Advocates for developing a U.S. offshore wind industry say they believe an impending environmental impact statement from the federal Bureau of Offshore Energy Management will allow Vineyard Wind and 14 other proposed Atlantic projects to move forward.
“We are confident that BOEM is going to meet its deadline,” said Laura Smith Morton, senior director of policy and regulatory affairs for offshore wind at the American Wind Energy Association. “They also need to issue a schedule for future projects.”
That “certainty and predictability” that more offshore turbine arrays will bring a surge of existing and newbuild U.S. flag vessels into offshore wind, said Aaron Smith, CEO and president of the Offshore Marine Service Association, during an online offshore wind webinar hosted Thursday by WorkBoat.com.
The “Offshore Wind Market and Vessel Design” session included presentations by those industry advocates, and designers James Lewis, sector lead for offshore energy at BMT Group, and Nick Prokopuk, business development manager for special ships and offshore wind at DNV GL.
The nascent U.S. industry is getting a first generation of crew transfer vessels, or CTVs, designed with lessons learned in the United Kingdom and European waters, said Lewis, whose group at BMT drew the plans for WindServe Odyssey, a CTV built for WindServe Marine at the Senesco Marine yard in North Kingston, R.I.
The will service wind developer Ørsted’s projects, starting with the Coastal Virginia Offshore Wind Project, a pilot project with Dominion Energy for two 6-megawatt turbines that went online in September.
CTVs must be “fast, comfortable and robust,” able to operate in a range of weather and sea conditions to carry technicians between shore and turbines, said Lewis. With commutes each way up to an hour or 90 minutes, those crews need to be able to put in a full day at arrival, “so these have to be quite comfortable places,” he added.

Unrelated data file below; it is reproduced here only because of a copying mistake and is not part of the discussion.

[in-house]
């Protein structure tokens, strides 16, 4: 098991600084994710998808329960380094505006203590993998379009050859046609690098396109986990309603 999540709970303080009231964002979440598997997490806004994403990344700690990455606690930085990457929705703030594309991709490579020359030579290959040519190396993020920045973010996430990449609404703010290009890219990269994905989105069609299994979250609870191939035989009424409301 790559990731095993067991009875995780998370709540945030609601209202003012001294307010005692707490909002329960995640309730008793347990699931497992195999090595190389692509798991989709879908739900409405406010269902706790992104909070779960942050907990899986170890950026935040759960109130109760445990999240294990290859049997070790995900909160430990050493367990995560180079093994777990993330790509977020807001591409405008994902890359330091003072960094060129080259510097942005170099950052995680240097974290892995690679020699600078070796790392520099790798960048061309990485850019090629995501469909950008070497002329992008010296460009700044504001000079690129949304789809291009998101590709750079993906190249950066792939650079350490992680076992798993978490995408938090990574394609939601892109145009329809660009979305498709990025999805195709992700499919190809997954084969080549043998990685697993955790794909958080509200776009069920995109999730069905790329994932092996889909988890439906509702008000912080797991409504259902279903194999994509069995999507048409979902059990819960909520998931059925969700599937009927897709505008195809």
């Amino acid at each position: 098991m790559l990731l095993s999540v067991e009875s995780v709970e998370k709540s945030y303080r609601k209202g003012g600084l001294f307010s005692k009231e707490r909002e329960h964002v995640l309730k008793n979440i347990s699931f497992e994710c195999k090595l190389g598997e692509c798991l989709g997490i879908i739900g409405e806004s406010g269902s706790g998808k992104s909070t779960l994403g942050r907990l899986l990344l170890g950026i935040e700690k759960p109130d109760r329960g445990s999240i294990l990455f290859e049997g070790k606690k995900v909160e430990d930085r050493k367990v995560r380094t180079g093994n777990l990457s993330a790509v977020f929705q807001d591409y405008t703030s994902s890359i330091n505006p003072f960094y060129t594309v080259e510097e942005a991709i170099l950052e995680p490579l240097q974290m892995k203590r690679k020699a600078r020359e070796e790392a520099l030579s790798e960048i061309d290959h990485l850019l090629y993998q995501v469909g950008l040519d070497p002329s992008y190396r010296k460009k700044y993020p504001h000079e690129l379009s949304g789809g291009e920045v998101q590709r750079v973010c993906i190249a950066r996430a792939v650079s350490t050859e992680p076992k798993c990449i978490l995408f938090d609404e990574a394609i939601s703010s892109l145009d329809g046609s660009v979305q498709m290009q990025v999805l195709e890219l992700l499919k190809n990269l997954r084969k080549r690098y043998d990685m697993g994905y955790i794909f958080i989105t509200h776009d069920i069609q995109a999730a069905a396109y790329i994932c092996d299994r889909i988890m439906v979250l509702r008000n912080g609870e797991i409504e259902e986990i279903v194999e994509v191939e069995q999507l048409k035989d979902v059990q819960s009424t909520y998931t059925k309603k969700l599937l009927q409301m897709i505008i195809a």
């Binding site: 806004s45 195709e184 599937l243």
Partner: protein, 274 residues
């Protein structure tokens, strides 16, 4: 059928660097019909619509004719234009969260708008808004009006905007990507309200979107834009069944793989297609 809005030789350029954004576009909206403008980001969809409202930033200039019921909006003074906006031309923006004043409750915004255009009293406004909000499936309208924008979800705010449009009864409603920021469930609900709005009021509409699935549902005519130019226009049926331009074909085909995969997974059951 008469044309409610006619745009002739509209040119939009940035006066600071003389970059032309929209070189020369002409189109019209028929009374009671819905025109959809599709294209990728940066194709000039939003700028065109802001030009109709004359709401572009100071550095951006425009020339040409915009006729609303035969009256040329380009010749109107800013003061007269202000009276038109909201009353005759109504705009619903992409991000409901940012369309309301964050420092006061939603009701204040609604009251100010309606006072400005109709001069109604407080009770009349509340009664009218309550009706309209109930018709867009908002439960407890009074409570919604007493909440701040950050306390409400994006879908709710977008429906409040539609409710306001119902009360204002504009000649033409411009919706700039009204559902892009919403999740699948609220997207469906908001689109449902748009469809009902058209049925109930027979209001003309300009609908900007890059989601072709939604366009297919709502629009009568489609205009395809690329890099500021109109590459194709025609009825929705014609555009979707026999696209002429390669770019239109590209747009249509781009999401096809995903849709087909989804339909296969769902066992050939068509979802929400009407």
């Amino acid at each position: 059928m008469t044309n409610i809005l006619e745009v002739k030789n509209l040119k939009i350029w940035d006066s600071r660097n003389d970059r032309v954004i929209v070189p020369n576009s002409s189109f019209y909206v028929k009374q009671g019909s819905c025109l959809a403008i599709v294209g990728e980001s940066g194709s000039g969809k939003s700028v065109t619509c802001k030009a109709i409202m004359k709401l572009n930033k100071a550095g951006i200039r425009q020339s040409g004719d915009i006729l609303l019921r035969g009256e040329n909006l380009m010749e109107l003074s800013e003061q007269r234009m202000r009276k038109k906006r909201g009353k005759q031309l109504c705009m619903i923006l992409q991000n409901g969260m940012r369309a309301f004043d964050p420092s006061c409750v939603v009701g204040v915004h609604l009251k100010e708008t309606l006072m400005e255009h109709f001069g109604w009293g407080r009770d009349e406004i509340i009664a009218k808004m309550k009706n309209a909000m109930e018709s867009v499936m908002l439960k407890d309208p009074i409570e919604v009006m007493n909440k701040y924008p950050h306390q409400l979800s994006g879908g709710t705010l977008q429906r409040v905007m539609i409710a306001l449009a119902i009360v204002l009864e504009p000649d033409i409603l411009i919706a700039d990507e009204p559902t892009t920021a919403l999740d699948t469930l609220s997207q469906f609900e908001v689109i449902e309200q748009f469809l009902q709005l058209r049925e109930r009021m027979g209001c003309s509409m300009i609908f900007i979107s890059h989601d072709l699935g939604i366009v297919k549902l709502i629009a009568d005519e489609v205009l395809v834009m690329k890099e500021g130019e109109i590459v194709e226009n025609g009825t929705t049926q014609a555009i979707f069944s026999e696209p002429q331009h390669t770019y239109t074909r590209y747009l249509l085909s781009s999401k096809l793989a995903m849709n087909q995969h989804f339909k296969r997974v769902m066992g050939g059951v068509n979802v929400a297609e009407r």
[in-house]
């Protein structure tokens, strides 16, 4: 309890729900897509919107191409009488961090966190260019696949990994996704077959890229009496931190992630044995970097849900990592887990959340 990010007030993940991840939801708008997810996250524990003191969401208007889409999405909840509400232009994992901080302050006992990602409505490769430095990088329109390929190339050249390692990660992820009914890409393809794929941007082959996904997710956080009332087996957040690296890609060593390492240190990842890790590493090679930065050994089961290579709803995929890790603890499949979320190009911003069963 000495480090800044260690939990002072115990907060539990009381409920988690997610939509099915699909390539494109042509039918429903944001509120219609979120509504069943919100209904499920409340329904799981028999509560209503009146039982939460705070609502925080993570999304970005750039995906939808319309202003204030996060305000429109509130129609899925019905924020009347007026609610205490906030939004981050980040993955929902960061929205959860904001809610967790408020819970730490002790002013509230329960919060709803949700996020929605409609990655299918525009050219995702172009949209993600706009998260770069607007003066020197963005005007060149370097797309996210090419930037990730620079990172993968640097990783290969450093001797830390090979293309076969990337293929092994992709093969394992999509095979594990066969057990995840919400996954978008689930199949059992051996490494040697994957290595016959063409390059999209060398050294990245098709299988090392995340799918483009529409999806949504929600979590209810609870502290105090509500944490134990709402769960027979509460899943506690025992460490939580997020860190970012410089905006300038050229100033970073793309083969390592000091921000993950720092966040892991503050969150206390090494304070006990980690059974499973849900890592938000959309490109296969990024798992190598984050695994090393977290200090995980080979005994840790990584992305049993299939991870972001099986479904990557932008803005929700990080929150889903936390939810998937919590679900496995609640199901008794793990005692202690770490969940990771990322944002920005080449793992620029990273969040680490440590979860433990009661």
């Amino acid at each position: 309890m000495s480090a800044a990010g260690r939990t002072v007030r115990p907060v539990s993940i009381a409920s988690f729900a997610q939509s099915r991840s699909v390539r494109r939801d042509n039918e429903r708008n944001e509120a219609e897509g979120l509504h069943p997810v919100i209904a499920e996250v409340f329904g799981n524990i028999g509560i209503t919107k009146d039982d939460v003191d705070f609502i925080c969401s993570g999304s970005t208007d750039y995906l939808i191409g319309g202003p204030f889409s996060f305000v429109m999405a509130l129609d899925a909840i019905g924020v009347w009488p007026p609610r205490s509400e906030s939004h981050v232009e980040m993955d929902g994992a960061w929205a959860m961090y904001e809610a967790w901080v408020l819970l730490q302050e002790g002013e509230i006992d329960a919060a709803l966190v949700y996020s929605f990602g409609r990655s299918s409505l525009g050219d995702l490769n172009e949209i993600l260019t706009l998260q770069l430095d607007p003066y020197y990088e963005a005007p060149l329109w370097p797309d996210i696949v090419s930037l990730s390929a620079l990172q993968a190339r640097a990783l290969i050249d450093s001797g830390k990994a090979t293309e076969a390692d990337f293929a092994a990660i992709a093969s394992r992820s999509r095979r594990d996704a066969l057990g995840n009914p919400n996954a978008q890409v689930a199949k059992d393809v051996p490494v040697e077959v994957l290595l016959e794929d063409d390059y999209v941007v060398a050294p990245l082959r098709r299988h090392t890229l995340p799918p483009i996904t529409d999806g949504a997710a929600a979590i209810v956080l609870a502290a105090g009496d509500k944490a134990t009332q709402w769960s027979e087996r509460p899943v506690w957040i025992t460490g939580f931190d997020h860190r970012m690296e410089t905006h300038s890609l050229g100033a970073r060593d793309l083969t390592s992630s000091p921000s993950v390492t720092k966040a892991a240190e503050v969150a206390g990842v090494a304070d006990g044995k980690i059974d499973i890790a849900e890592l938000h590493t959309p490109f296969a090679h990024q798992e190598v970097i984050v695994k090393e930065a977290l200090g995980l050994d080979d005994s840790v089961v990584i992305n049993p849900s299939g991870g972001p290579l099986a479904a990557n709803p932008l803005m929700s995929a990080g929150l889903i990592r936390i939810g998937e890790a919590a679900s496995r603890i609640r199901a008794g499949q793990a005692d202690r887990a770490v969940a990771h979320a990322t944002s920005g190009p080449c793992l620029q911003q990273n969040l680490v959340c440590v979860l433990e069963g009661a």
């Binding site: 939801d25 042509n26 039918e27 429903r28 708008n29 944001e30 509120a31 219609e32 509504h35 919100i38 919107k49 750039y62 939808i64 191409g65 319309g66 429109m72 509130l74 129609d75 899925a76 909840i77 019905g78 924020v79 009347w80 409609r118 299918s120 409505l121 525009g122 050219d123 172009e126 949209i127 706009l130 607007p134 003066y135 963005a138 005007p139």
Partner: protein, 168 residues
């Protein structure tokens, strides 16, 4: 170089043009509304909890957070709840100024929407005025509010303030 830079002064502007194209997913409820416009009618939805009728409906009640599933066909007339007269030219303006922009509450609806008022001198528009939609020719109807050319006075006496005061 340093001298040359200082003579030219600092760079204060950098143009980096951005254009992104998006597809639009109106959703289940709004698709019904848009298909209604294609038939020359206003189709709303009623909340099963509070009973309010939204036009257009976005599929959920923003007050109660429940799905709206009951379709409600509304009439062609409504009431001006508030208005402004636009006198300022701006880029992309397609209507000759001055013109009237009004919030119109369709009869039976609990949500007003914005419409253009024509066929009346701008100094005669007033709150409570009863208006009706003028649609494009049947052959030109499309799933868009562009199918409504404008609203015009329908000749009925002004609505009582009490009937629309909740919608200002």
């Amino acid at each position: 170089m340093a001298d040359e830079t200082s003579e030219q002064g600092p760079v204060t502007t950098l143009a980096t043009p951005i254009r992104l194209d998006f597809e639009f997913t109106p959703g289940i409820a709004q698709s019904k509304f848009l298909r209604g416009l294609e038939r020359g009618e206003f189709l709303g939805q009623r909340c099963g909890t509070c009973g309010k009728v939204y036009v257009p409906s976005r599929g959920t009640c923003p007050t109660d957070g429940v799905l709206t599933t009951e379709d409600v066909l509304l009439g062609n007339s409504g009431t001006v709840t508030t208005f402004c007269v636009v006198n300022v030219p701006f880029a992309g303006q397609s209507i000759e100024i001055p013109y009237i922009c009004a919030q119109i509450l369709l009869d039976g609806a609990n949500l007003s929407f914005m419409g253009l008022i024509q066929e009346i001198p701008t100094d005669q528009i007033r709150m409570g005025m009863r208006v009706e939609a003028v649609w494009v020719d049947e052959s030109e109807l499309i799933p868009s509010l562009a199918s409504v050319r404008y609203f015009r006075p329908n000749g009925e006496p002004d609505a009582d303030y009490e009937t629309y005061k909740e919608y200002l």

Designers are already looking ahead to wind companies’ for CTV propulsion and power using hybrid diesel electric, liquified natural gas and other alternative fuels, Lewis noted: “There’s a genuine appetite for greener and innovative designs.”
But the trick for designers is to still build around power packages that can fulfill the varied needs of CTV operations, ferrying crews and cargos, with the horsepower and torque required to push the vessels tight against turbine towers for safe crew transfer. It won’t be realistic to expect zero-emission CTVs soon because “the battery technology is not there at the moment,” said Lewis.
Similar priorities are guiding the development of U.S. flag service operation vessels, or SOVs, like the first being built by Edison Chouest for an Eversource-Ørsted partnership.
Those vessels in the 250’ to 300’ range will have a lot of focus on crew amenities, serving as both operation base and hotel for workers at sea during the operations phase of projects, said Prokopuk of DNV GL. Designers of those are also looking forward to accommodating “future fuel” options and increasing electric and battery power, he said.
One centerpiece of the SOV class is the “walk to work” capability, often shorthanded as W2W, using elevated, stabilized gangways for technicians to disembark into turbine towers.
“The end goal is that technicians feel safe and confident,” he said.
The biggest challenge in the next few years will be the supply of heavy-lift wind turbine installation vessels, or WTIVs, with only a dozen available worldwide, said Morton of AWEA. Until uncertainty is resolved over the future direction of a U.S. industry, that supply will not increase, she said.
But “the industry is ready to launch,” and AWEA wants to work with OMSA and shipbuilders for a Jones Act-compliant wind fleet, she said.
“Hopefully AWEA can help us address some of the cost disparities” that wind developers see working in the higher-cost U.S. maritime space, said Smith of OMSA.
But Smith noted the flourishing U.S. inland wind industry could never operate relying on foreign guest workers and said that should be true offshore as well. Around 15 foreign flag vessels working on U.S. wind leases now could easily be replaced by up to 50 capable U.S. vessels as needed, he said.